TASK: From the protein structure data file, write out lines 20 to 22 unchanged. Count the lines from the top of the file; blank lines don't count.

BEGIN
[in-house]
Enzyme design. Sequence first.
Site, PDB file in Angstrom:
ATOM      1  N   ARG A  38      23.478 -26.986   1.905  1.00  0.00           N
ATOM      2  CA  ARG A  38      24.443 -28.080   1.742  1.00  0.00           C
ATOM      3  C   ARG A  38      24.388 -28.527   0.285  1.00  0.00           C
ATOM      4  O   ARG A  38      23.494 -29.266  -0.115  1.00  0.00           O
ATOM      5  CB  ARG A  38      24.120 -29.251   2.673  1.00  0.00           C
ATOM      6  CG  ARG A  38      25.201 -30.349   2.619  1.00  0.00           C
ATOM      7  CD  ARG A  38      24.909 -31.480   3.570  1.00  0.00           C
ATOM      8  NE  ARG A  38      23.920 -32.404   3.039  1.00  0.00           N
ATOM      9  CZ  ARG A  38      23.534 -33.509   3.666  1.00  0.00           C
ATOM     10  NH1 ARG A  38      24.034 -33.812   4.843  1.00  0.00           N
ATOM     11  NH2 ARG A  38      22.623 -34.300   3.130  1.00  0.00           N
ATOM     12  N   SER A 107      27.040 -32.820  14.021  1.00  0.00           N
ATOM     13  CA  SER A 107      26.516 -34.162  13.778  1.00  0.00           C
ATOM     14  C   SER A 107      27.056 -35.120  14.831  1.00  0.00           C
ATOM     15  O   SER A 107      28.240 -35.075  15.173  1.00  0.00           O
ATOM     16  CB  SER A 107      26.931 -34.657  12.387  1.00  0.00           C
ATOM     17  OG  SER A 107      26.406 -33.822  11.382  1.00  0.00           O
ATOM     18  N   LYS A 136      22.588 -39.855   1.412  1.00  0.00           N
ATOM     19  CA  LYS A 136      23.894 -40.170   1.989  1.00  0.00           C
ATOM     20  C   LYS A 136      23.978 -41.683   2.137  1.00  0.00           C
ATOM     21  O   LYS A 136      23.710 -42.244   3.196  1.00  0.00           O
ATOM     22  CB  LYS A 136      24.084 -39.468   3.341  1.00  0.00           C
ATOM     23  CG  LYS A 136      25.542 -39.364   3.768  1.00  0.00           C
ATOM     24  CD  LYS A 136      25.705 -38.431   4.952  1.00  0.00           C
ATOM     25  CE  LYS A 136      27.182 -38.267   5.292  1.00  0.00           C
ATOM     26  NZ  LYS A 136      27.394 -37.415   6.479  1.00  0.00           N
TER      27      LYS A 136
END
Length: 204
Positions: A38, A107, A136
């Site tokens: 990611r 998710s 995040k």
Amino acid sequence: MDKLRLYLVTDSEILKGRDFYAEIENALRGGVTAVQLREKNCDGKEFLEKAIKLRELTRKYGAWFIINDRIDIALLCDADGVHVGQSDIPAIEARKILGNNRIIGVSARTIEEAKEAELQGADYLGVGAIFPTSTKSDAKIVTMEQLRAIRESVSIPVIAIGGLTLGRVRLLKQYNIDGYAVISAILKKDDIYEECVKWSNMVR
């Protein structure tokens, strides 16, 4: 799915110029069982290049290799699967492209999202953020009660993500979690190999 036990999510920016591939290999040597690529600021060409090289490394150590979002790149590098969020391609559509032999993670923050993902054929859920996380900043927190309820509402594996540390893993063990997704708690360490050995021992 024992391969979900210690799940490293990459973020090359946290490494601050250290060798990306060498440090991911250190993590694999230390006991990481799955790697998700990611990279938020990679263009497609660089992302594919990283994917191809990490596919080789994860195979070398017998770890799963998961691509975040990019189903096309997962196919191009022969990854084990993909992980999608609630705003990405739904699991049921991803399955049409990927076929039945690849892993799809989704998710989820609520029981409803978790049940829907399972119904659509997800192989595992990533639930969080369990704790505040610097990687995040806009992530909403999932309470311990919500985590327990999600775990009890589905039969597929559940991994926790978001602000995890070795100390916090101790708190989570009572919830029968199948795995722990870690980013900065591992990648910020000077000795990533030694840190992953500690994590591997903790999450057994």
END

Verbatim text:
ATOM     17  OG  SER A 107      26.406 -33.822  11.382  1.00  0.00           O
ATOM     18  N   LYS A 136      22.588 -39.855   1.412  1.00  0.00           N
ATOM     19  CA  LYS A 136      23.894 -40.170   1.989  1.00  0.00           C